Top-secret documents leaked to The Guardian newspaper have set off a new round of debate over National Security Agency surveillance of electronic communications, with some cyber experts saying the trove reveals new and more dangerous means of digital snooping, while some members of Congress suggested that interpretation was incorrect.
The NSA's collection of "metadata" – basic call logs of phone numbers, time of the call, and duration of calls – is now well-known, with the Senate holding a hearing on the subject this week. But the tools discussed in the new Guardian documents apparently go beyond mere collection, allowing the agency to sift the through the haystack of digital global communications to find the needle of terrorist activity.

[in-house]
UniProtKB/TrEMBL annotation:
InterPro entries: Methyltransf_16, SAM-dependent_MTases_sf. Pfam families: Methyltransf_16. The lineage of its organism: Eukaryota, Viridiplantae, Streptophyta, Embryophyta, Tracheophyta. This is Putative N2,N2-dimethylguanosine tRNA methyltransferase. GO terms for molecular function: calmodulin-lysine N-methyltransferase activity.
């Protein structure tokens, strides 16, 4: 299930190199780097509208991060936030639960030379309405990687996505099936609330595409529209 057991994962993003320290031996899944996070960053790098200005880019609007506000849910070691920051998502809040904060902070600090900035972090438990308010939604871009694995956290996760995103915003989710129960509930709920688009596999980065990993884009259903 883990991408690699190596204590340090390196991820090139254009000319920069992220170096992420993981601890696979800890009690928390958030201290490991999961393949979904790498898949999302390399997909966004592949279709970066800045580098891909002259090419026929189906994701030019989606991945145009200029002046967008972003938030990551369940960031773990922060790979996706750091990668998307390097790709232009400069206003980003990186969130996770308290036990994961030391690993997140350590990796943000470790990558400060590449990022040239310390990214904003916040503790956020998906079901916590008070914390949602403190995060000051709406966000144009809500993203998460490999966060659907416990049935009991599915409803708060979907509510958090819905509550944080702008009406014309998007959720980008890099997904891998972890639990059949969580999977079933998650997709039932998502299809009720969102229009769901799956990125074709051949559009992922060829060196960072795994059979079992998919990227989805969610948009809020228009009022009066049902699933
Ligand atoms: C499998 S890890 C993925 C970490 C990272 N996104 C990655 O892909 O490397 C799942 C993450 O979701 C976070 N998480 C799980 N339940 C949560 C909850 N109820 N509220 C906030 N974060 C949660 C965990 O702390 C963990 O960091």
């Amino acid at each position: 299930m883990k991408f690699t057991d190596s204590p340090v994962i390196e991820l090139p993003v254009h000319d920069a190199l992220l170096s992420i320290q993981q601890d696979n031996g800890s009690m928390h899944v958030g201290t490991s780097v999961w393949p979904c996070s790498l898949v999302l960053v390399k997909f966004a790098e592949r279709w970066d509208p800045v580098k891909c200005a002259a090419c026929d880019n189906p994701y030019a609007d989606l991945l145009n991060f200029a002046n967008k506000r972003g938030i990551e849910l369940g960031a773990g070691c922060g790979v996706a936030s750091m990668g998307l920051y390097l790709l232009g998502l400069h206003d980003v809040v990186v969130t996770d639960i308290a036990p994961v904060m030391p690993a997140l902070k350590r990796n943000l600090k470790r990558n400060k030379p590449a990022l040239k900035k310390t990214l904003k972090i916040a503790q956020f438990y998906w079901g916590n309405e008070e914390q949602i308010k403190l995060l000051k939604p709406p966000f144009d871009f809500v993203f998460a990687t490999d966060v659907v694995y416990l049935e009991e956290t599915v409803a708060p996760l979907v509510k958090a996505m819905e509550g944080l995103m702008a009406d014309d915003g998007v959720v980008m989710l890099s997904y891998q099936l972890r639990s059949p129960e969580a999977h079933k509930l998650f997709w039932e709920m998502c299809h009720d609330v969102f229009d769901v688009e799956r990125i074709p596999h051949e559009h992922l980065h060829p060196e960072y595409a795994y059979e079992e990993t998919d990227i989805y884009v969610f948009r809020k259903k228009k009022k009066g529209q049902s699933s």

The concern is that the capabilities could be misused or misdirected at innocents. In revealing the NSA metadata program, leaker Edward Snowden told the Guardian in June: "I, sitting at my desk, could wiretap anyone, from you or your accountant, to a federal judge or even the president, if I had a personal e-mail."
Rep. Mike Rogers (R) of Michigan, chairman of the House intelligence committee, rejected that claim. “It's impossible for him to do what he was saying he could do."
But the new Guardian leak appears to indicate something at least close to such capability.